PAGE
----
Many thought that the election of Barack Obama would improve race relations in America, even to the point of voting for him primarily for that reason.
But if anything it made matters worse, not because a Black president brought out latent white racism (he was, after all, reelected comfortably four years later with comparable levels of white support), but because of the increasing tendency during his time in office for his supporters (and sometimes Obama himself) to blame any political opposition on such racism.
It was during the administration of our first Black president, coinciding, somewhat ironically, with the emergence of "critical race" and "intersectionality" theory on our college campuses, that conservatism as an ideological orientation became equivalent to racism for many progressives. Republicans didn't oppose Obama's policies because they were conservative and he was a liberal Democratic president, but because he was a Black president and they were racists.
In the years since, this process of redefining conservative as racism has expanded to embrace anyone who objects to such claims and even to those who refuse to endorse them with insufficient fervor. Defense of free speech, once the bedrock principle of liberalism, is now denounced as enabling "hate speech."
The ideology of "anti-racism" now demands that everyone not just reject the political right but also unhesitatingly embrace the broader ideological agenda of the political left--you are, by definition, a racist if you vote Republican, but also if you fail to support the Green New Deal, defunding the police, abortion on demand, etc.
Since all of American history is a story of racism, having pride in the American founding, its principles, and Constitution, or simply standing for the playing of the national anthem makes you guilty of it. If the American experiment was defined by racism all along, then there is no alternative but to bring that experiment to an end, wipe the slate clean, and begin a new one based on anti-racism.
What was once merely an unsavory tactic--"playing the race card"--has now become a comprehensive assault on American history and life.
Where Obama's Attorney General Eric Holder once called for a national conversation on race (however disingenuously) what is now demanded is not a conversation but a confession under threat of indictment in which we must all accept that "whiteness" is evil, America was founded on slavery, and white police officers routinely shoot Black males for sport.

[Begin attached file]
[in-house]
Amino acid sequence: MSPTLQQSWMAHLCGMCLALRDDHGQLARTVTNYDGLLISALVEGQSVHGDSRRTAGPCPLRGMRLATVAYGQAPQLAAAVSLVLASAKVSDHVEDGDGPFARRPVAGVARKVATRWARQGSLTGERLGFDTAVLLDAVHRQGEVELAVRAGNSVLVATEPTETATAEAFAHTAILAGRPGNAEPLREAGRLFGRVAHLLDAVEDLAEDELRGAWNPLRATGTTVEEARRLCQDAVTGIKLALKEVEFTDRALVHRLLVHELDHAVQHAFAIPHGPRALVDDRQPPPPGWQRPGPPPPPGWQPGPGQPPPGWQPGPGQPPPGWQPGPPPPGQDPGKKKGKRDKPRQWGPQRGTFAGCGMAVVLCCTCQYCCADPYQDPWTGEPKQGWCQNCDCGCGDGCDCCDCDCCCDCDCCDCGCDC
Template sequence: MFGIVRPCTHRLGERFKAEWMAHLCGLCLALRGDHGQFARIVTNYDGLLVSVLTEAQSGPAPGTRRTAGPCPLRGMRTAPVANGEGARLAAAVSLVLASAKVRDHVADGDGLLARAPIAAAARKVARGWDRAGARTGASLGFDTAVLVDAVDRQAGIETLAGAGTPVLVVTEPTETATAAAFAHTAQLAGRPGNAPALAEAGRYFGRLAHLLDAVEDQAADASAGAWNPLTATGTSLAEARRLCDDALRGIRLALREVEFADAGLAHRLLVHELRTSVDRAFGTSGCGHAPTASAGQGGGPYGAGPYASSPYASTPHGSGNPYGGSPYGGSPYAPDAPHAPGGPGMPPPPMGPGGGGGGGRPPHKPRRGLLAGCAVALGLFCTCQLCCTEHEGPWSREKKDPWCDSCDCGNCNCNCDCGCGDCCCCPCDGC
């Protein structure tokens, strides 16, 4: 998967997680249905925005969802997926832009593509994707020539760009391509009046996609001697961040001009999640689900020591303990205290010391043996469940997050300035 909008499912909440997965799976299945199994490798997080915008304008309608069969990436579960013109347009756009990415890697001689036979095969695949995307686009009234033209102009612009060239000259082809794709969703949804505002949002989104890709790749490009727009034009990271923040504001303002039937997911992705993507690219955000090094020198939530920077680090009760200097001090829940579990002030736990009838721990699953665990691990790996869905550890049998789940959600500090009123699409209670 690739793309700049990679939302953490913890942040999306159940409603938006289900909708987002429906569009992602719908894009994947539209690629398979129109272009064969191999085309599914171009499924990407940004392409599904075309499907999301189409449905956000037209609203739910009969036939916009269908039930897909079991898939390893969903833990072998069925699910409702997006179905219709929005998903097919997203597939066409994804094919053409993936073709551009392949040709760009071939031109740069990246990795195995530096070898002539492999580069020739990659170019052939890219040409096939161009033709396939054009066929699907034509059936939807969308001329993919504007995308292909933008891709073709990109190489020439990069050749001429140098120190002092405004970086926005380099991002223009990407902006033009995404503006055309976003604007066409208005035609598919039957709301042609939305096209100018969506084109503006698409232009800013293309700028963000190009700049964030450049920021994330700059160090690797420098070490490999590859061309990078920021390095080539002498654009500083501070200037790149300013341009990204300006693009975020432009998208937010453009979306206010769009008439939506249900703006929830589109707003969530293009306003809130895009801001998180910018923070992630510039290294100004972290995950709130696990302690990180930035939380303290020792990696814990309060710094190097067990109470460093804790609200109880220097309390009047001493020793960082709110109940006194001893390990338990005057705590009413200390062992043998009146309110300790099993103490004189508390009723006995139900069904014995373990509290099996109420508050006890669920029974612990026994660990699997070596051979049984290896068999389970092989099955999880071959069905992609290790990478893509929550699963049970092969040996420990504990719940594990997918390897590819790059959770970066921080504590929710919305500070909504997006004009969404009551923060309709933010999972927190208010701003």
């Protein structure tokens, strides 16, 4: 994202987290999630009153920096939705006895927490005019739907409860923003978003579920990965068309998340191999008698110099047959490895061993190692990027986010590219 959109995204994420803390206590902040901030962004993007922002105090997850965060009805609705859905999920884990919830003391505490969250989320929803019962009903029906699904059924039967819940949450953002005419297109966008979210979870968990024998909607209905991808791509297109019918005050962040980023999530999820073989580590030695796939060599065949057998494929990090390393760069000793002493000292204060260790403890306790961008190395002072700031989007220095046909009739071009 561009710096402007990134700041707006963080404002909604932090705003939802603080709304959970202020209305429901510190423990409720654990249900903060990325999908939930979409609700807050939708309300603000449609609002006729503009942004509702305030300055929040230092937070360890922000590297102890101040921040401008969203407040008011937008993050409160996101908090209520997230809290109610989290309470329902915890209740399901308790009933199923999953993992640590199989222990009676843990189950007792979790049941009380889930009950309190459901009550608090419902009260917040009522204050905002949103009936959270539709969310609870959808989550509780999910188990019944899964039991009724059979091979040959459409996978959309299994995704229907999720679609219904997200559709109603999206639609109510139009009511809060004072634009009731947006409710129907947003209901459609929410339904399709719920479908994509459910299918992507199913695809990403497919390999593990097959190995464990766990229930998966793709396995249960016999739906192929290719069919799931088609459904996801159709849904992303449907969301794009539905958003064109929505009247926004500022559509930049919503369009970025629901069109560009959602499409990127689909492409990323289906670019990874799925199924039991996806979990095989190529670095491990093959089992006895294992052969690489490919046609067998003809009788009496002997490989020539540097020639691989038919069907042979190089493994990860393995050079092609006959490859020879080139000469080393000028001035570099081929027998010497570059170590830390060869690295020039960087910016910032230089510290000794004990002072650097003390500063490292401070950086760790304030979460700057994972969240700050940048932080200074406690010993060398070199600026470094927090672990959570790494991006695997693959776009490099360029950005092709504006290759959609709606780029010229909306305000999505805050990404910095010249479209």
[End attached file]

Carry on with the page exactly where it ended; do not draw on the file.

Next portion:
Anti-racism has thus become the new official ideology of the left in much the same manner as Marxism-Leninism once was, and to prove that you aren't something--a racist--now requires that you become something, which is a fully woke member of the left.
The intriguing aspect of all this comes in realizing that anti-racism as an ideology isn't intended to actually combat racism per se; rather, it is first and foremost a means of acquiring political power by eliminating the possibility of legitimate resistance, to, in effect, make it increasingly difficult, eventually impossible to write columns like this one.
Anti-racism by its very logic requires, like its Marxist-Leninist predecessor and its "dictatorship of the proletariat" (i.e., party), the establishment of a one-party regime in America. If the right is redefined as racist, the only option available if you seek to prove you aren't racist is to join the left and make sure everyone sees you doing so.
Since agreeing with the radical left on all matters is a requirement for being absolved of racism, or maybe just a first step toward improvement in your racism score, the eradication of racism under such circumstances also means the effective eradication of political disagreement, of opposition political parties and politics itself.
Anti-racism is consequently a vastly more powerful (if less rational and coherent) political vehicle than Marxism-Leninism because it comes with a built-in defense against criticism by virtue of its position that such criticism constitutes evidence of the thing.
If you disagree with any plank of the leftist agenda, then you too are racist, and racist is the worst thing a person can be, and therefore the worst thing to be accused of being.
Anti-racism therefore triumphs not because of noble intentions or through the kinds of steady persuasion that have traditionally been used to win support for political movements, and certainly not by adopting the admirable ideals of the original civil rights movement, but purely out of intimidation and fear; its power grows in direct proportion to the number of people who silence themselves out of fear of being called racist.
Claims of systemic racism, white privilege, and white supremacy can thus be confidently and aggressively flung with no need for precise definition or evidence because those doing the flinging know that any requests for definition and evidence can be dismissed as evidence of racism.
A closed logical loop thus allows the establishment of a new orthodoxy impervious to facts, data and reason and which gives power to those who accuse others of crimes for which there can be no defense (because the effort to mount one is taken as further evidence of guilt).
The idea that the color of our skin defines who we are is the central assumption of racism. It is now also the central assumption of anti-racism.
Freelance columnist Bradley R. Gitz, who lives and teaches in Batesville, received his Ph.D. in political science from the University of Illinois.